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Interview with Swedish rock band Hot Breath
In mid February (when Corona was a Mexican beer with slice of lime for most of us) we sat down with Hot Breath. According to us one of the greatest rock bands Sweden and the world has to offer right now. They hail from all across our sausage shaped country, but are located in our second biggest city Gothenburg. Over wine, beer and cider we received greatness from Jennifer Israelsson (song and guitar), Jimmy Karlsson (drums), Karl Edfeldt (guitar) and Anton Frick Kallmin (bass)!
Tell us about the name!
It took us a long time to come up with a name. We had between 25 and 45 different options. Our drummer Jimmy came to each rehearsal with 10 new suggestions. He ended up in some kind of psychosis and sat at work scrolling through dictionaries of random words. It went so far that we put a ban on talking about names when we were rehearsing. And it wasn’t that long ago we came up with Hot Breath. It came during the recording process when we felt that we really were a band. In the beginning not everyone were convinced, but now it feels good. You get used to everything. Like a pair of new underwear that are dirty from the beginning, but turns sexy with time. The name does mean something very disgusting, but can also be sexy. But it’s not super serious. It sounds a bit rock n’ roll as well.
You were all in other bands prior to Hot Breath, and some of you still are, so why did you decide to start a new?
The funny thing is that I (Jimmy) had discussions with everyone in this band individually about doing something. And at the time Jennifer and I played in the same band, and we really wanted to continue playing together. We all just want to play as much music as possible, and in this band we don’t play the same music as we did before. When you play with new people you get new angles on everything really. After all, the most fun thing is to get up on stage and play. Rehearsing is not so fun, but it is a necessary evil. And then it’s fun to work with the other stuff that comes with being in band. Like merch and where we want to play etc. It is a full-time job outside our real full-time jobs. But without pay. What we earn goes straight back into the band to buy better instruments and be able to finance a better production for the next album. And being on tour costs money. So everything we make goes back in to the band. Then we all know what it’s like to play in front of a lot of people, which for us are about 500-700 in the audience. Getting to that level is a goal in itself. If we ever can make money then that is a welcomed bonus. But we live for that hour on stage.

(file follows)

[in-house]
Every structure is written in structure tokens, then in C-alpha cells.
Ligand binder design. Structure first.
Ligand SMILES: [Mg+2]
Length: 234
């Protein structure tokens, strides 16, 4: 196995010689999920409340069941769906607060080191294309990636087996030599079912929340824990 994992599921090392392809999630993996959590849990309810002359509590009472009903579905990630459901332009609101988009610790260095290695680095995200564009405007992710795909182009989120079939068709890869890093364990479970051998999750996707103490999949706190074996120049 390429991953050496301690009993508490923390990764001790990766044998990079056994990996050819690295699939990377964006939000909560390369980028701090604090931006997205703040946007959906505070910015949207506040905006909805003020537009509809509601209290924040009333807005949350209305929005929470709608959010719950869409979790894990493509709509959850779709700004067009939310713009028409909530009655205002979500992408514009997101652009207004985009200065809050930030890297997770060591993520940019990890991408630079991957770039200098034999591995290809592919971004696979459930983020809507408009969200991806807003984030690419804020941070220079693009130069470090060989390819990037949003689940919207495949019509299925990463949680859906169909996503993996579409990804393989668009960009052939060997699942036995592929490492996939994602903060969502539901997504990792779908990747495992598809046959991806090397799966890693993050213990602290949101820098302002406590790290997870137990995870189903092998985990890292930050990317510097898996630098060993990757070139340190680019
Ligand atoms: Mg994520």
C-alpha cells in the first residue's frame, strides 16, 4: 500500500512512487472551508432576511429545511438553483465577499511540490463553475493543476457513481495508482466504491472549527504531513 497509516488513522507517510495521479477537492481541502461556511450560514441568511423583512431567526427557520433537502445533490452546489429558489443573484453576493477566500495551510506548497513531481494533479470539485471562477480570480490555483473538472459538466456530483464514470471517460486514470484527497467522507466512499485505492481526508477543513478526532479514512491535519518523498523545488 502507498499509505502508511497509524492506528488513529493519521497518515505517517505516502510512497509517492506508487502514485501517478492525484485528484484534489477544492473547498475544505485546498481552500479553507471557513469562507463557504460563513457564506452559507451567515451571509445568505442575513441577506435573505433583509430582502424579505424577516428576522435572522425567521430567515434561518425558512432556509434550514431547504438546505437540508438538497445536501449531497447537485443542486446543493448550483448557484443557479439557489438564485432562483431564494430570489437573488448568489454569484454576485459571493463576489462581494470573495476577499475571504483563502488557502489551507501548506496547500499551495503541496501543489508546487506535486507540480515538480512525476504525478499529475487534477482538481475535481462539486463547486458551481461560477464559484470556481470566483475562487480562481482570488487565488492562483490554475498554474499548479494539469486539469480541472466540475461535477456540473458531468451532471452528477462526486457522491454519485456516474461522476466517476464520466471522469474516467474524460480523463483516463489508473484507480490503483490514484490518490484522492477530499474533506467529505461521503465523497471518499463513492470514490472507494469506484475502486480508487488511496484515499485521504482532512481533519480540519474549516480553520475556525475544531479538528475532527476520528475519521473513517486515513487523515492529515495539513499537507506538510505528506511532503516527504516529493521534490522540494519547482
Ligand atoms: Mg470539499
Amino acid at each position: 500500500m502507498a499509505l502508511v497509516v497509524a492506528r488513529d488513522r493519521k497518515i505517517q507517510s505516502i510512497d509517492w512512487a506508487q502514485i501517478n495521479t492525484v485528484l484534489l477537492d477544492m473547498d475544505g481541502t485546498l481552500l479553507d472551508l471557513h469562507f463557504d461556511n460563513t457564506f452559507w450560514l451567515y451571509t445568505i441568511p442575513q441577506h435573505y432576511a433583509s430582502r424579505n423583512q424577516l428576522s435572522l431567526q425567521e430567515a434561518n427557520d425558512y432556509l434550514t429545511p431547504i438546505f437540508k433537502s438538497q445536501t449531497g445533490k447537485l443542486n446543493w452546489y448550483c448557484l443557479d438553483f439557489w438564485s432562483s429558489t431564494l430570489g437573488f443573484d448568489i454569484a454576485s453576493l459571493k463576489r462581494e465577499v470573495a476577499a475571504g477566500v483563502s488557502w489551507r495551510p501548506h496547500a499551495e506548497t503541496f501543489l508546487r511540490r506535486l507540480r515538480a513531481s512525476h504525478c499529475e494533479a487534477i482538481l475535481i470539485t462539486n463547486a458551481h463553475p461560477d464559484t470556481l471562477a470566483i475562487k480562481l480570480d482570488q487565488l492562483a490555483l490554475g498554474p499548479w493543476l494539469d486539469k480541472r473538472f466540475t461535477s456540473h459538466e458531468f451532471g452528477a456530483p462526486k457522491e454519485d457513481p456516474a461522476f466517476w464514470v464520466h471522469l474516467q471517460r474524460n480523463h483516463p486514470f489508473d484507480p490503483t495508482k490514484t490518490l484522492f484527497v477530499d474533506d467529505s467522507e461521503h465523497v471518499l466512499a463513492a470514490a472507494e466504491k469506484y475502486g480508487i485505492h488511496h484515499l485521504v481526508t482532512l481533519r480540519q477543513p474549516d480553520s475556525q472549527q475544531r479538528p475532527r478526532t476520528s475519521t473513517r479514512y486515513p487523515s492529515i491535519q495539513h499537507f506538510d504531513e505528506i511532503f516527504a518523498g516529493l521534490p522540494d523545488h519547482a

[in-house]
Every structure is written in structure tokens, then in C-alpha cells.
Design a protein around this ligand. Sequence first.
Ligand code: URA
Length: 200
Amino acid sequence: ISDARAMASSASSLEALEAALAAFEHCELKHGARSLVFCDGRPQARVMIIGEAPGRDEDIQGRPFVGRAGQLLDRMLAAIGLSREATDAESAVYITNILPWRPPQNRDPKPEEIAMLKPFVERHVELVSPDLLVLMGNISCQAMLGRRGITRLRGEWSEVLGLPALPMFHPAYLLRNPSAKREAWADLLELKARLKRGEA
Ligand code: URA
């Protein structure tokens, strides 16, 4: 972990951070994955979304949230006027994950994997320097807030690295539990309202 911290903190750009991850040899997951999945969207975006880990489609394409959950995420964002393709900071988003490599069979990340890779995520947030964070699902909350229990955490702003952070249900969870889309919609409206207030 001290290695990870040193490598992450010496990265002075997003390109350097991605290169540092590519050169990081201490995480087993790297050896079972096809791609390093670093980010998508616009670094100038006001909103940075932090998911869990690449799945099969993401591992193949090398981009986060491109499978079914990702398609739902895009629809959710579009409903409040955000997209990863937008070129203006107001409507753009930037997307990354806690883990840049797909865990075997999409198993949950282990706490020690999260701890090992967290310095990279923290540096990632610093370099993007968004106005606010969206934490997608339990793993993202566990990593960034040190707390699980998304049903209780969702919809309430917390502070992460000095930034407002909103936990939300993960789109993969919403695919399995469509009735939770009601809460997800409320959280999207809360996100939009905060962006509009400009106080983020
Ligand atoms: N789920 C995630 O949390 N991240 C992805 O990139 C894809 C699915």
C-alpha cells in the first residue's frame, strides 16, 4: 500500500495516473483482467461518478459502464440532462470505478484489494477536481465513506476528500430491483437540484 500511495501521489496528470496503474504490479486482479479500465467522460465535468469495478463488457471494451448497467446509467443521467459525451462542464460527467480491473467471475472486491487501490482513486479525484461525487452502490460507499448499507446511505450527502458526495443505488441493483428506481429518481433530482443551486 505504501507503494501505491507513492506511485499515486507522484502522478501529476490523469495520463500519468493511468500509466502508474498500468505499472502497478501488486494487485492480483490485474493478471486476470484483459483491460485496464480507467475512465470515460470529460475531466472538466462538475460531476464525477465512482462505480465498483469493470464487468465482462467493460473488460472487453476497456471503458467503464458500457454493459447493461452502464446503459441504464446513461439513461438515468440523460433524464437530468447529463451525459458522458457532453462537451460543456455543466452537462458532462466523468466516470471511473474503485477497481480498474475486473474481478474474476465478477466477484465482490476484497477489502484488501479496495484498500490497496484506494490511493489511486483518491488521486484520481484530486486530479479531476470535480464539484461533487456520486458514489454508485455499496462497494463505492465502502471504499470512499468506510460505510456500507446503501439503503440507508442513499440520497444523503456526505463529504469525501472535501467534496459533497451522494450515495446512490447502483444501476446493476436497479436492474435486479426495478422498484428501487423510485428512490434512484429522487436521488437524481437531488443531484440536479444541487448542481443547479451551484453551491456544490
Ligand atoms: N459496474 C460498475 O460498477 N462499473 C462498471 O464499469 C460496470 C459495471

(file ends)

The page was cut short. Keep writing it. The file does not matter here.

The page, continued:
Do you turn in to bigger pricks as your crowd gets bigger?
You probably won’t if you have taken the hard road. If you have played in front of 40 drunks eight shows out of ten in six or seven years, and then succeed and get to play in front of 500 people it’s difficult not to be grateful. But if you have gone from nothing to play in front of a big crowd, then you do not know what to appreciate since you haven’t had to work for it. Of course you get an ego boost. But that is more for you!
Where do you find your inspiration?
We all come from pretty similar music genres, and are united by rock. And when you play the type of rock we do it quite easily sounds like Hellacopters for example. But we think the next album will sound a bit different. It is a bit of a cliché but we don’t want to get stuck. In this band we write a lot together and take a lot of inspiration from outside music. Like movies and reality shows. Suddenly a quote you like appears and then you start from there. And then personal experiences as well.
In another interview you say that the lyrics are important to you. In your song “Still Not Dead” you sing ”I’m still dancing without my hips”. What is that all about?
It was Jimmy who wrote that line. We want all texts to be interpretable. When I (Jimmy) gave that line to Jennifer I was very sore in the joints, arms and muscles, and it was a frustration not being able to do what I wanted to do. Then when Jennifer took it for her it was about a person who was paralyzed. It was a cool experience to build that song. In previous bands I (Jimmy) never bothered about text, but since we are all involved in the creation now, we think more about what we say. We want the song melody to have as much space as fat riffs. And I think on our next album this will come out even more, since Jennifer is really good at writing.